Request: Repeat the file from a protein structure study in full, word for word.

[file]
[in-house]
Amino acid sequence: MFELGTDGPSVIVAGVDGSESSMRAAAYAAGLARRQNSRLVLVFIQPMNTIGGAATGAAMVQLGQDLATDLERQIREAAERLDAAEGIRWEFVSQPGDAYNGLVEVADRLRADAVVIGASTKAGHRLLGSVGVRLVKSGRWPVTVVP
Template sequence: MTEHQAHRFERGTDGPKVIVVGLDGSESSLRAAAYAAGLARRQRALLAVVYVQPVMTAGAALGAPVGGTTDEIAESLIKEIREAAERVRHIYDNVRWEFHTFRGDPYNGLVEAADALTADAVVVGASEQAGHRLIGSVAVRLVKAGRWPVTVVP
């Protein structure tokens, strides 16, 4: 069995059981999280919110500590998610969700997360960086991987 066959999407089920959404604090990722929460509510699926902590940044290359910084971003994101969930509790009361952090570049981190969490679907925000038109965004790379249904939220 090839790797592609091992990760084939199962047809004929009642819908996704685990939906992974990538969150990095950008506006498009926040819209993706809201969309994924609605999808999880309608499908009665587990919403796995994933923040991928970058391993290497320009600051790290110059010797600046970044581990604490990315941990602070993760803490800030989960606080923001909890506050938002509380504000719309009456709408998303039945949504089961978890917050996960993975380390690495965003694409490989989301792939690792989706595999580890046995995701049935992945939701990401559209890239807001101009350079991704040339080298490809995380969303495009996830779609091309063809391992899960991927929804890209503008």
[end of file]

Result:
[in-house]
Amino acid sequence: MFELGTDGPSVIVAGVDGSESSMRAAAYAAGLARRQNSRLVLVFIQPMNTIGGAATGAAMVQLGQDLATDLERQIREAAERLDAAEGIRWEFVSQPGDAYNGLVEVADRLRADAVVIGASTKAGHRLLGSVGVRLVKSGRWPVTVVP
Template sequence: MTEHQAHRFERGTDGPKVIVVGLDGSESSLRAAAYAAGLARRQRALLAVVYVQPVMTAGAALGAPVGGTTDEIAESLIKEIREAAERVRHIYDNVRWEFHTFRGDPYNGLVEAADALTADAVVVGASEQAGHRLIGSVAVRLVKAGRWPVTVVP
């Protein structure tokens, strides 16, 4: 069995059981999280919110500590998610969700997360960086991987 066959999407089920959404604090990722929460509510699926902590940044290359910084971003994101969930509790009361952090570049981190969490679907925000038109965004790379249904939220 090839790797592609091992990760084939199962047809004929009642819908996704685990939906992974990538969150990095950008506006498009926040819209993706809201969309994924609605999808999880309608499908009665587990919403796995994933923040991928970058391993290497320009600051790290110059010797600046970044581990604490990315941990602070993760803490800030989960606080923001909890506050938002509380504000719309009456709408998303039945949504089961978890917050996960993975380390690495965003694409490989989301792939690792989706595999580890046995995701049935992945939701990401559209890239807001101009350079991704040339080298490809995380969303495009996830779609091309063809391992899960991927929804890209503008």